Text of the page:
8. they aren't going to raid Bundy's ranch or arrest him because they have no legal cause to do so. So far, the BLM has been strictly within the legal bounds of what they were authorized to do under a court order. remove the trespassing cattle. The court order did not say they could arrest Bundy or seize his assets. Nor was Bundy required to do anything in the court order.

    For a raid of his (as opposed to government) property, Bundy would have to actually violate a law and be charged with that violation.

    I don't think there is even sufficient evidence for "incitement to riot". If Nevada has some statute about disturbing the public peace, that would have to be enforced by the local sheriff.

  9. All causes aside, what strikes me the most about this incident is the response of the bystanders. People from all over the region were willing to drop what they were doing to go and confront the Feds. It makes the hair on my neck stand up, because it really reminds me of what I've read about how the English colonists became willing to actively oppose the Crown between 1770-1775. History does not repeat, but it sure seems to be rhyming.


  10. Hey Peter,

    Good Story, and I am waiting for cooler heads to prevail. However I don't think the feds will back down. They have been having it all their way all in the name of"Global War on Terror" and even earlier and now we have people that are inured to the rampant violations by the Feds they just accept what is. I don't want any armed clash between the folks and the feds, but they use the constitution when it is convenient for them and ignore it when it isn't.

  11. Peter, you said;

    @JPD: If 'the courts are corrupt and part of the problem', then we no longer have a rule of law at all in the USA. I don't think things are that bad.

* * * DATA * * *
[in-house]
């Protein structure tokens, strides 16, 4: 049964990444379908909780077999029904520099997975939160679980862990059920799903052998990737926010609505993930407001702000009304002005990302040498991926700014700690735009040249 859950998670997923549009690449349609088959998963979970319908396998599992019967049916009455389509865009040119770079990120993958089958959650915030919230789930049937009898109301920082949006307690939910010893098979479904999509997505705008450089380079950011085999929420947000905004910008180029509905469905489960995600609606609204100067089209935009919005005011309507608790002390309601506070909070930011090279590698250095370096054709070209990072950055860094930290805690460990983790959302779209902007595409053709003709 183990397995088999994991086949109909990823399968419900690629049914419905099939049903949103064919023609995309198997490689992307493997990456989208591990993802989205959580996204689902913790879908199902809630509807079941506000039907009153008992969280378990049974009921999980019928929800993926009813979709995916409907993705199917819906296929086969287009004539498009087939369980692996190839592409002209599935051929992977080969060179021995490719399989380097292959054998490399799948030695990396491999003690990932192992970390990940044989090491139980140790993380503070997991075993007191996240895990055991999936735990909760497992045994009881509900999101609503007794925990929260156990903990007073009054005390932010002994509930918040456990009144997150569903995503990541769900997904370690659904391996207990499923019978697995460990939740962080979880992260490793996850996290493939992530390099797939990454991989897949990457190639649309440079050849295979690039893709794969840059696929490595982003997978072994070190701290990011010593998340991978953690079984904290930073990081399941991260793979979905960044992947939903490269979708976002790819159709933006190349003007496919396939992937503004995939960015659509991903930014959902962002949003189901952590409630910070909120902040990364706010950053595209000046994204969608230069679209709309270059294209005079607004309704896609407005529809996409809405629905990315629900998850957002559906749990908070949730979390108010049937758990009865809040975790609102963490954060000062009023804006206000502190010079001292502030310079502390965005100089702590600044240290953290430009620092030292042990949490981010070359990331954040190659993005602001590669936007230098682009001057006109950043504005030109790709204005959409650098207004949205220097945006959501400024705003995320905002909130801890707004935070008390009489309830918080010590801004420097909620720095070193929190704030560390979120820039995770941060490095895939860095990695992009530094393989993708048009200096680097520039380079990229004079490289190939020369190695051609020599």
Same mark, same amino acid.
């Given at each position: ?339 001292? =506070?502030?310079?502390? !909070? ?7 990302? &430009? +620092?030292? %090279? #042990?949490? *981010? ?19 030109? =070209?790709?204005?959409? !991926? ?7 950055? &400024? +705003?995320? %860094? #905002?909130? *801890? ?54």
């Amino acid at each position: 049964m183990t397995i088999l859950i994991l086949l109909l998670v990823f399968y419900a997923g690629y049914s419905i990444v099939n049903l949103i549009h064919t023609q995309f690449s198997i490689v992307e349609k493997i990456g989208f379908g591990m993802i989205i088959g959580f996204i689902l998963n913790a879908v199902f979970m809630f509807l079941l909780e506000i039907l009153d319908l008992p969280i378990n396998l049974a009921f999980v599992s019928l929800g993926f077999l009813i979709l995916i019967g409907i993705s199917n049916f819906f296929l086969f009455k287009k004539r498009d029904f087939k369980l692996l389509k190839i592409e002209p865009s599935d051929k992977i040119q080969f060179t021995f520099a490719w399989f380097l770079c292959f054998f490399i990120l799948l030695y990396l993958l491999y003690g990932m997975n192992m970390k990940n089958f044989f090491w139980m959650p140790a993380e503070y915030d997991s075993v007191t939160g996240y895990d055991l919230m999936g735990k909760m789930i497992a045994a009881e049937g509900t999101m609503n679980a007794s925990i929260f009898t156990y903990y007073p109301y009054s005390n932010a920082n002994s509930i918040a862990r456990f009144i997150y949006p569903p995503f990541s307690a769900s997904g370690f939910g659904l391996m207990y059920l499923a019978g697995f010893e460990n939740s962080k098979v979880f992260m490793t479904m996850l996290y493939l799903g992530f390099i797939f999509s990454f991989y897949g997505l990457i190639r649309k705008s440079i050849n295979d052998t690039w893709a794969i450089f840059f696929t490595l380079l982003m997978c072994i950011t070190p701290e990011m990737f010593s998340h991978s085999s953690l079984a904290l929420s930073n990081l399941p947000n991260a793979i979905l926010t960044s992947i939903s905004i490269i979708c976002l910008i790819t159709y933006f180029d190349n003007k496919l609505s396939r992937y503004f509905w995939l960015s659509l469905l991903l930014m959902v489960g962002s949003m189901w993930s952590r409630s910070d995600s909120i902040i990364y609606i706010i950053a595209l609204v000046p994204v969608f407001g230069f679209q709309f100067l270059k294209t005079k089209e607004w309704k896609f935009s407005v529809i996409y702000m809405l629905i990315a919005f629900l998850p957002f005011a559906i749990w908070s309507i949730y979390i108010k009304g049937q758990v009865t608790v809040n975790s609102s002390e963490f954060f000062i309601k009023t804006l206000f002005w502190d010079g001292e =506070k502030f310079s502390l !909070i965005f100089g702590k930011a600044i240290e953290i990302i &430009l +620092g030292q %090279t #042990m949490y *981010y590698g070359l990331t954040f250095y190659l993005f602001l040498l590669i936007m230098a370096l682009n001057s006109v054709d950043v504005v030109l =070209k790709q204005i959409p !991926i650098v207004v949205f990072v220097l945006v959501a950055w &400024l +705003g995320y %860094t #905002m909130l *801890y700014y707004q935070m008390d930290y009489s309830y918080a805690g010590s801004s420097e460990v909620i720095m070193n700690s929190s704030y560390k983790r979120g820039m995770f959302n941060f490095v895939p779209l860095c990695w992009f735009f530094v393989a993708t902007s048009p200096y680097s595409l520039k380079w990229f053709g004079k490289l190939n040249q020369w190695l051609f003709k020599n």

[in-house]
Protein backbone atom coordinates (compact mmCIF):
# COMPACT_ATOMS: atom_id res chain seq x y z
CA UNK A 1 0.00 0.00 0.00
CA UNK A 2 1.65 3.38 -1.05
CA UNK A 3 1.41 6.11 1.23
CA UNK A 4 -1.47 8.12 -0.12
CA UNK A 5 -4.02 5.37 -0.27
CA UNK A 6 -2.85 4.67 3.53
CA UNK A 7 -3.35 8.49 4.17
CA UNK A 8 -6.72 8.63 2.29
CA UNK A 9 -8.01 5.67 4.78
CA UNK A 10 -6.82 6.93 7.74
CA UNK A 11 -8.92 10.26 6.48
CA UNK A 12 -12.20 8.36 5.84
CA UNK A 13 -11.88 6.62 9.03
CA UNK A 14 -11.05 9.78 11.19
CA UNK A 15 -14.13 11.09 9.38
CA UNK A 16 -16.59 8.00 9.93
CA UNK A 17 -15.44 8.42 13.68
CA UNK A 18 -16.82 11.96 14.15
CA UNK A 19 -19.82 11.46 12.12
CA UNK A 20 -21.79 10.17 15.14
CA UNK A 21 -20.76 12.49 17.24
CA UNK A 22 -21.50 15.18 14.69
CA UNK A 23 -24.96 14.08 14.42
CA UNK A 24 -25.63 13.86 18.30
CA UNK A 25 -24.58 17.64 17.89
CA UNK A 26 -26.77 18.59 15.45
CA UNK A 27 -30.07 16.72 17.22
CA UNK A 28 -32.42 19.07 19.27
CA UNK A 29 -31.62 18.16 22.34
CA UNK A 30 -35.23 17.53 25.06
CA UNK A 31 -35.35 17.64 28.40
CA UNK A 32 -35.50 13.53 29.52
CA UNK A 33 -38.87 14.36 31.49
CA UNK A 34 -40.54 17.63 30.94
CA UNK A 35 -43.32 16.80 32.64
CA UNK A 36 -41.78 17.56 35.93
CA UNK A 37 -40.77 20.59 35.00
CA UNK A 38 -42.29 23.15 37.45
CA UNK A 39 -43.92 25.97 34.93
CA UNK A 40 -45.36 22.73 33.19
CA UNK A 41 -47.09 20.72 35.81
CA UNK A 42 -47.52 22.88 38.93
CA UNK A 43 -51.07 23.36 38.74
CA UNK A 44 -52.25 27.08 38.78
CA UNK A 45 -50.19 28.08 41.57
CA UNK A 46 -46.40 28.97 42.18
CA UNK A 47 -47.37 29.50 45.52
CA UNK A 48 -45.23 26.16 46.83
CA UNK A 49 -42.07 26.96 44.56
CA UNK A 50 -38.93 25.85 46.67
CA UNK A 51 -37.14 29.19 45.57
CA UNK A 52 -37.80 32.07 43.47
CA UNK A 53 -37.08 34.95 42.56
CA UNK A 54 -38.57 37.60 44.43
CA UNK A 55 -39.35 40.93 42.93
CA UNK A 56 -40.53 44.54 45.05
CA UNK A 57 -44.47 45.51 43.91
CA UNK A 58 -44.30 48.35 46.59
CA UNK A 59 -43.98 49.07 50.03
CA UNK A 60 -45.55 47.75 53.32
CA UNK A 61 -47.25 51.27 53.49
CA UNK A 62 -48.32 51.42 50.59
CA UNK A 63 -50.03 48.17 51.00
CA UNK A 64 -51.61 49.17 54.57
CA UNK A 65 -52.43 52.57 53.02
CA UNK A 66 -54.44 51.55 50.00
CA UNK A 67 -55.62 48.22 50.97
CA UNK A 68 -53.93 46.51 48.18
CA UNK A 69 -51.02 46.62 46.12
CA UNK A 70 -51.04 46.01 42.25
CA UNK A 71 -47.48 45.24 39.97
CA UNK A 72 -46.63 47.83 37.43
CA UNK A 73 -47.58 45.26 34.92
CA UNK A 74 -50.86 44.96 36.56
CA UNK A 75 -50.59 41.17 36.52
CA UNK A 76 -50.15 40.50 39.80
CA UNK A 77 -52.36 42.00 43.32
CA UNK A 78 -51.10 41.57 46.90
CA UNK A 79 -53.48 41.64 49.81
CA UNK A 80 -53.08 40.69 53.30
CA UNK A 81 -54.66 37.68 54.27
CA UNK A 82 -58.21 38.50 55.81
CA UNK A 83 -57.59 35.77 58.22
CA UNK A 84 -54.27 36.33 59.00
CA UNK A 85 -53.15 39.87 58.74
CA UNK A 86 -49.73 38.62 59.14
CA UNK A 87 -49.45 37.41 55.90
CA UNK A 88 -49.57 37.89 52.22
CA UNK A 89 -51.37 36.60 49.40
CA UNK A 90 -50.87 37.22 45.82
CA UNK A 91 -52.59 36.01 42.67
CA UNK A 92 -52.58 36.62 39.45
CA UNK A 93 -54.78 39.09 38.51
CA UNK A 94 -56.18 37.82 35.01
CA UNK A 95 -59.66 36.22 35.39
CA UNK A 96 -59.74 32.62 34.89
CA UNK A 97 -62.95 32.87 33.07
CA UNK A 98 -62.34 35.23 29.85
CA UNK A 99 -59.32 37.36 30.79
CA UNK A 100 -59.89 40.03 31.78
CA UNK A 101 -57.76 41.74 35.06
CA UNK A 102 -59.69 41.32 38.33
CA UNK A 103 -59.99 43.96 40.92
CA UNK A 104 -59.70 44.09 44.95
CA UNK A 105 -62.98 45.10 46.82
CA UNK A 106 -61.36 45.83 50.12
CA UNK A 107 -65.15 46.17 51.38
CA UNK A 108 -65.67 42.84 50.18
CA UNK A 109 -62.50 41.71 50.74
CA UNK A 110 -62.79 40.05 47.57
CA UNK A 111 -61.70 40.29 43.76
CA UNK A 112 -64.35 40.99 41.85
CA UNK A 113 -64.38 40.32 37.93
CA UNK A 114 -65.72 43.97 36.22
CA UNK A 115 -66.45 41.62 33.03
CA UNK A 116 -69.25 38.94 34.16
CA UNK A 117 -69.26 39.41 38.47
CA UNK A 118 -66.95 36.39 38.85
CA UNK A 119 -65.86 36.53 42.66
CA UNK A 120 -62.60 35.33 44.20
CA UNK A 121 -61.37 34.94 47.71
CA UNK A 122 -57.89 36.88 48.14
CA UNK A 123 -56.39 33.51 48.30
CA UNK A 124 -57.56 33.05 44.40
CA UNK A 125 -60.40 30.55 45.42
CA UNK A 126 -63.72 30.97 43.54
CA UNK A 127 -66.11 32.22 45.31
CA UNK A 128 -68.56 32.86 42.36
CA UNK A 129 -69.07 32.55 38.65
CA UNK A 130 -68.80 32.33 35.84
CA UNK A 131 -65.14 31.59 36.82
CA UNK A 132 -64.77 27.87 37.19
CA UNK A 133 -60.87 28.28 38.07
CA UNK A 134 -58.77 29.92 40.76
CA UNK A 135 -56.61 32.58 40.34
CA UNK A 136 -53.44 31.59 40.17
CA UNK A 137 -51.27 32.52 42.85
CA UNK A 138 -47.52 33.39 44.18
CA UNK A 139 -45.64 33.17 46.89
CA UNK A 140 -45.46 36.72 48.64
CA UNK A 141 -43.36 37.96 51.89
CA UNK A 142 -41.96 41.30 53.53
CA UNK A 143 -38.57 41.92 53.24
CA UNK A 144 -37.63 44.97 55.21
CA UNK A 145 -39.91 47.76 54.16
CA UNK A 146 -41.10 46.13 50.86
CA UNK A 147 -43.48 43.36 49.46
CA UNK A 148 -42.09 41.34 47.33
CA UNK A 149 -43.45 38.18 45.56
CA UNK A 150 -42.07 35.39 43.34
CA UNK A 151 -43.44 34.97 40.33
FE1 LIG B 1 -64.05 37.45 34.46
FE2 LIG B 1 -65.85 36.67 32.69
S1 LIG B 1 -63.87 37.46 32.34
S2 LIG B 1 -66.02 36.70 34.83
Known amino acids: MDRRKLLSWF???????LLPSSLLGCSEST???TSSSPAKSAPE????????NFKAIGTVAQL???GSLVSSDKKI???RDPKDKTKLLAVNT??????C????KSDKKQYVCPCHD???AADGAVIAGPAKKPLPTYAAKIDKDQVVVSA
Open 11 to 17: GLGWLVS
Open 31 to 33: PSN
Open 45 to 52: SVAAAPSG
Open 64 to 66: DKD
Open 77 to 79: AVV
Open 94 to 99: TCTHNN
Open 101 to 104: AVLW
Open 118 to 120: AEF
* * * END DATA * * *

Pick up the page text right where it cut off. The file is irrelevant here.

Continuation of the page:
I submit that many start calling the courts 'corrupt' when they rule in ways that conflict with individuals' beliefs about the way things should be, rather than what the law, the constitution and settled practice say that they are.

    While you are correct about about people's general tendencies towards court opinion; if they like the ruling they thinks its correct, if they dislike it, its corrupt; your submission is incorrect in the end.

    It presupposes that the courts rule according to laws. For someone who has not had personal experience with courts that may be understandable; wrong, but understandable. Courts do not rule according to laws or whats right/wrong. After you see a court either disregard or deliberately circumvent the law, your opinion may change. There are administrative ways a court can deny a citizens access to higher courts, thus circumventing the "process".

    Of course there is always that problematic human behavioral issue (as the above issue of peoples opinions) called infantile omnipotence, which describes a person's rationalizing that; because something has not happened to you directly, you can ignore it. It allows folks the convenience of believing what they are comfortable with while disregarding the facts.

    Thus, while your posits are correct, your conclusions are not. The courts are not following the laws which means your initial supposition that, if they are not then we are no longer have a rule of law, and things are indeed "that bad".

  12. "If 'the courts are corrupt and part of the problem', then we no longer have a rule of law at all in the USA. I don't think things are that bad."